"Vayidom Aharon." And Aaron was silent. (Lev 10:3)
These are perhaps some of the most profound words in all of Torah.
These are two words that follow the moment when Aaron learns of the death of his two sons, Nadav and Avihu.
Some understand this as the silence of shock. Others say it is the silence of acceptance. But for me it is all of that and more. It is the silence which results when the range and depth of one's emotions are too overwhelming to express in words. Which is why Jewish tradition offers a proscriptive response upon hearing that someone has died - Baruch Dayan HaEmet - Blessed is the Source of Truth and Justice.
In Jewish tradition, there is a recognition that grief is neither linear nor singular. There is a period of time immediately following someone's death, referred to as aninut. In aninut, time is suspended. One does not even yet recite kaddish. We are not responsible for anything but attending to our grief and honoring our dead. That is personally where I have been these past few days.
And then this morning I saw the list of funerals that have been scheduled throughout this week for the victims of the shootings in Pittsburgh and Kentucky. And it hit me all over again. The process of preparing a body for burial and the funeral itself shift the grieving from something very personal to a communal responsibility. In this moment, once again potentially short on words, we are instructed to offer each other words of comfort. HaMakom Yenachem Etchem - May the Place comfort you. In precisely the moment when we feel most unmoored, these words anchor us in a kind of divinity that is wherever you are.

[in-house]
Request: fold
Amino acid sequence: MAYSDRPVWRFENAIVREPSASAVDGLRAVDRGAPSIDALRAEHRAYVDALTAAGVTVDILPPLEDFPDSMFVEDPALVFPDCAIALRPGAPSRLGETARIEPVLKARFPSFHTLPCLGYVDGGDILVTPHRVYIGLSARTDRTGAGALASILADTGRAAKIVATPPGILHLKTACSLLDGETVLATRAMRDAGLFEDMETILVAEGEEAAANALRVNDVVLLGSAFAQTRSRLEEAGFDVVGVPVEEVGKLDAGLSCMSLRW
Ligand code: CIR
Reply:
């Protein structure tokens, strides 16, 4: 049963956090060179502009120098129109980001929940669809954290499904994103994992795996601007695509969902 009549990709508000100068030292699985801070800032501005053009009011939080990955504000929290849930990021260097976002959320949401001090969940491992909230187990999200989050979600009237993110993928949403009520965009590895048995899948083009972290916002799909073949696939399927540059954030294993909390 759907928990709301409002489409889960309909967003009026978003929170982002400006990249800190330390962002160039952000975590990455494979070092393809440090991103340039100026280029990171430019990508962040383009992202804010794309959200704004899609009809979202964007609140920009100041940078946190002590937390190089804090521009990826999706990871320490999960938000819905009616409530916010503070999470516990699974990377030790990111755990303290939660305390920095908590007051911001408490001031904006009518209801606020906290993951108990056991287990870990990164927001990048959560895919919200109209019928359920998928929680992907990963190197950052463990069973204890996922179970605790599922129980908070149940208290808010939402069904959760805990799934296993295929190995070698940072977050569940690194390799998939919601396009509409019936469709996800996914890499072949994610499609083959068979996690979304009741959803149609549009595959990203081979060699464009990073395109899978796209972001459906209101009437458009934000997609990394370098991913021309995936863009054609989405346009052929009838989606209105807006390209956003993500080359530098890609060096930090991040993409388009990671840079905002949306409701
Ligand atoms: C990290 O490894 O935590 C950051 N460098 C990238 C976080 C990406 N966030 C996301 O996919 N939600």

Time is no longer suspended as we begin counting the 7 days of shiva, and then 30 days of shloshim and the 11 months of kaddish and the annual yahrzeits. Grief textures time. And time transforms our grief.
This week, each in our own time and in our own ways, I imagine we are moving through stages of grief and shock. It has been a devastating week and we must work extra hard to stay connected to love, to each other, and to hope.
I took the advice of this poem written early this morning by Hila Ratzabi, How to Pray While the World Burns:
Find a patch of grass, sand, dirt.
Sit, kneel, place a hand or just
A finger to the soft earth.
Feel it pulse back...
The earth hears your prayer.
There is nowhere for God to hide.
Get down on your knees and let
This precious earth soften for the weight of you."
I sat and ate lunch under a big red oak tree in Cedar Park and thought to myself, it is on fire; it could have been the burning bush. It was so alive in its transformation. I inhaled its life force and exhaled my grief into the big, firm earth beneath me. And the cool crisp air cleansed my broken, fearful heart, for a moment. And I returned to my old friend Lucille Clifton and the Lesson of the Falling Leaves:
"the leaves believe
such letting go is love
such love is faith
such faith is grace
such grace is god
i agree with the leaves"
In a world that feels bereft of grace, go sit by some falling leaves.
In a world overflowing with violence, be extra loving.
Please take gentle care of yourselves. Please be quick to forgive and slow to anger, with yourself and your loved ones. And please consider doing one extra thing this week to get out the vote.
If anyone would like some individual pastoral support this week, please be in touch with our Rabbinic Intern, Eli, at email@example.com.
For those looking to sending money and resources, here are some places I recommend:
And please, come sing and cry and be in community this Shabbat, November 2-3. We have services on Friday at 6:30pm and Saturday at 10am. We will not let them take Shabbat from us. We will out live them.
Rabbi Ari Lev
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Rabbi Ari Lev Fornari brings Torat Hayyim, a living tradition, to Kol Tzedek through thoughts about prayer, justice, and community.